IDAHO — Historically, the Coeur d’Alene Tribe of Idaho navigated the waters of the interior northwest using the white pine sturgeon-nose canoe. For the Coeur d’Alene Tribe, the canoe was not only a pragmatic means of transportation but also an integral component of community cooperation, health and expression. Its construction required labor intensive gathering of forest material, including tree bark from western white pine and bitter cherry, limbs from Rocky Mountain maple, roots from ponderosa pine, resin from pines and fat from bears. Modernized travel replaced these canoes over time. However, in recognition of the empowering benefits of building and navigating canoes, the Coeur d’Alene Tribe is returning to its traditional canoe culture.
This summer, under the direction of canoe maker Shawn Brigman of the Spokane Tribe, members of the Coeur d’Alene Tribe identified and harvested bark from a western white pine from the U.S. Forest Service Rocky Mountain Research Station Priest River Experimental Forest with assistance from Luke Hixson, Idaho Panhandle National Forest, Bob Denner (retired) and Russ Graham, Ben Kopyscianski and Marcus Warwell from RMRS. Brigman used the bark to construct a traditional sturgeon-nose canoe in the pointed nose style while relating his methods to volunteers from the Coeur d’Alene Tribe.
This is the first canoe in more than 100 years constructed using the traditional bark from western white pine by indigenous peoples from the Lake Coeur d’Alene region. Tribal members successfully launched the canoe during a blessing ceremony on Lake Coeur d’Alene at the Water Potato Day Festival in late October.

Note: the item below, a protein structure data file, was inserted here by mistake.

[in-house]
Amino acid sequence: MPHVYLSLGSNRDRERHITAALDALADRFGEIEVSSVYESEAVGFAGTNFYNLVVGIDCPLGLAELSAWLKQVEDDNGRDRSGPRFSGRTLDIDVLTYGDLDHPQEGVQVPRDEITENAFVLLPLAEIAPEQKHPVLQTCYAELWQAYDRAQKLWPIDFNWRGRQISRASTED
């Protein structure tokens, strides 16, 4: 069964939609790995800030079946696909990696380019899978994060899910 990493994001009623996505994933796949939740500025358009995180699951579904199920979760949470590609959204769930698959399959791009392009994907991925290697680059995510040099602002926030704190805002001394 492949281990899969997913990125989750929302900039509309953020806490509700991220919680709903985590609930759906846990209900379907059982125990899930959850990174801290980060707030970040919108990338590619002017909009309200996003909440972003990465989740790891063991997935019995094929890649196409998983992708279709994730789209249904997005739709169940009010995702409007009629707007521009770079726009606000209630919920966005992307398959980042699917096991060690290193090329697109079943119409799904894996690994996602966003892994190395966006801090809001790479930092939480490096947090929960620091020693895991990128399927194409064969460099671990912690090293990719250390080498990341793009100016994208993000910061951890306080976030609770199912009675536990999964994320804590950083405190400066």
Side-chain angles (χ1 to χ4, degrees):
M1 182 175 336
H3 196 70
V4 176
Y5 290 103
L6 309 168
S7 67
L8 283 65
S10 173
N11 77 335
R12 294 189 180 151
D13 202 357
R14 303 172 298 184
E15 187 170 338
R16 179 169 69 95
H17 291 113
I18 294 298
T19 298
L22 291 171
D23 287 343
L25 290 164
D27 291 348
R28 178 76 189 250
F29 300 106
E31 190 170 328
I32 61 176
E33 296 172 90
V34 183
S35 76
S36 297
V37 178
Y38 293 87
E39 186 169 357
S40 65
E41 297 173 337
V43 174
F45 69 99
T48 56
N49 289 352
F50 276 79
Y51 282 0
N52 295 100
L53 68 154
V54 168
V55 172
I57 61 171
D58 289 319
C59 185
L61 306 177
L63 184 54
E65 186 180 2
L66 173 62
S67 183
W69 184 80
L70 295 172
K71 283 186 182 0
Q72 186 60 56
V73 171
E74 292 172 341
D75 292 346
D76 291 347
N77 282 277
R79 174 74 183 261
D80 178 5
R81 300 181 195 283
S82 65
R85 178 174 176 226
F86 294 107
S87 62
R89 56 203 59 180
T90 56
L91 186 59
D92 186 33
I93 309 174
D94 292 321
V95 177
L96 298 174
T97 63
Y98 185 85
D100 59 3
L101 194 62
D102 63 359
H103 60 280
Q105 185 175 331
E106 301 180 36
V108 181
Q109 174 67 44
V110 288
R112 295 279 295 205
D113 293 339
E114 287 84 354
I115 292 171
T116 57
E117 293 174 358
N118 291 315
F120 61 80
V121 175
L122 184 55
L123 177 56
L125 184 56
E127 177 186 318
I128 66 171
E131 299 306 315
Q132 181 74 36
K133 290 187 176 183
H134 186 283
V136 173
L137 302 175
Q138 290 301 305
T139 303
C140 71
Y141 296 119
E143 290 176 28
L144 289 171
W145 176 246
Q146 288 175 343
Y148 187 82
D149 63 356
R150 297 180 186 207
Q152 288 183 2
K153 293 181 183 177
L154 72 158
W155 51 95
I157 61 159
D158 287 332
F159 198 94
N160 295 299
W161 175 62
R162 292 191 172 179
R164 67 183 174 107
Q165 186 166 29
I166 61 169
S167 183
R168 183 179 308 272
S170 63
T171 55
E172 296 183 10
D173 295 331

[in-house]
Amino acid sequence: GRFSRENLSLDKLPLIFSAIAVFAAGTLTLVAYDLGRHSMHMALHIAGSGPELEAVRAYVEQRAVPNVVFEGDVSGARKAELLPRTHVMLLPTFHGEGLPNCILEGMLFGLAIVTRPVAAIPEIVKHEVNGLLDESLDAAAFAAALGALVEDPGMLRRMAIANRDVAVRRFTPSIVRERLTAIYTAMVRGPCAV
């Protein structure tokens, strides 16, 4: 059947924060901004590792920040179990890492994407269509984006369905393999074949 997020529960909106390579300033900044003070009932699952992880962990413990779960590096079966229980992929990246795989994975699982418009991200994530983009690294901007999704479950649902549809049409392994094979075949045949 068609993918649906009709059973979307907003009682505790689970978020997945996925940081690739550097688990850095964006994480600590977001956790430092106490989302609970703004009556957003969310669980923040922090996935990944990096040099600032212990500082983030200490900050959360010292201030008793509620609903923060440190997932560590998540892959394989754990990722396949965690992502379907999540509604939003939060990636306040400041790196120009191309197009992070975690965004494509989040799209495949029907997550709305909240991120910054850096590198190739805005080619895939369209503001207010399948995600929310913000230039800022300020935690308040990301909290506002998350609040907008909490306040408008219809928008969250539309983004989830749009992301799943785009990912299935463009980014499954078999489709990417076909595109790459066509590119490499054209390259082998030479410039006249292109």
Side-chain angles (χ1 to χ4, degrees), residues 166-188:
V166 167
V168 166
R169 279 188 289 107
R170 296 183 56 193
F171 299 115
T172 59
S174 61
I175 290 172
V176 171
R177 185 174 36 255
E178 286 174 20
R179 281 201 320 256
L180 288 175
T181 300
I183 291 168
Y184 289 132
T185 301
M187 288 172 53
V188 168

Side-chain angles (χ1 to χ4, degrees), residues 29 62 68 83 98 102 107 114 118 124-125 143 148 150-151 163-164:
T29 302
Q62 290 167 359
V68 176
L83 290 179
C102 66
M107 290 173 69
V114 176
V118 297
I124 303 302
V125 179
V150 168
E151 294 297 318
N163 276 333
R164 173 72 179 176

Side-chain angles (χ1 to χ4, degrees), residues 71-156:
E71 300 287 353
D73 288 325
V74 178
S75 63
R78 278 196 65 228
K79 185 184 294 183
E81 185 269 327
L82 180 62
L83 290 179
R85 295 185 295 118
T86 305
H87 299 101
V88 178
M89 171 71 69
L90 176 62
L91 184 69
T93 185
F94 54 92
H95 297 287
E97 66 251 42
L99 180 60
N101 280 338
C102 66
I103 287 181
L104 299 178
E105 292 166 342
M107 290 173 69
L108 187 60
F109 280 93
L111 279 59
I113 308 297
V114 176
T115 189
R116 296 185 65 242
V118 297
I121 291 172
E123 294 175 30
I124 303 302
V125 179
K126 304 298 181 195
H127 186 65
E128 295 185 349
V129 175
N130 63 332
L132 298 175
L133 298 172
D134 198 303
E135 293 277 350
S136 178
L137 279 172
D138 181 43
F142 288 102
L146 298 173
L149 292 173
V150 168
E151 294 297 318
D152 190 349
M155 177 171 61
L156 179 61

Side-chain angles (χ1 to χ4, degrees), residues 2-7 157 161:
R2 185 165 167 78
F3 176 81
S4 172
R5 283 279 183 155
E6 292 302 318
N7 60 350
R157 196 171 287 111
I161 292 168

Following this summer’s collaborative success, planning and construction for future canoes are underway, again utilizing resources from RMRS experimental forests. One group, under the guidance of canoe maker Bill Brustar from Sandpoint, Idaho, and led by Coeur d’Alene Tribe member Peter Mahoney, has begun construction of a second sturgeon-nose canoe in the blunt nose style. The Deception Creek Experimental Forest will supply the bark for this canoe, and others to follow. Deception Creek’s white pine stands exhibit characteristics that are ideal for making traditional canoes. Another group will harvest traditional and cultural materials from Priest River Experimental Forest. All told, the tribe will produce three more canoes over the next year.
This effort is just one facet of a burgeoning collaboration with the Forest Service.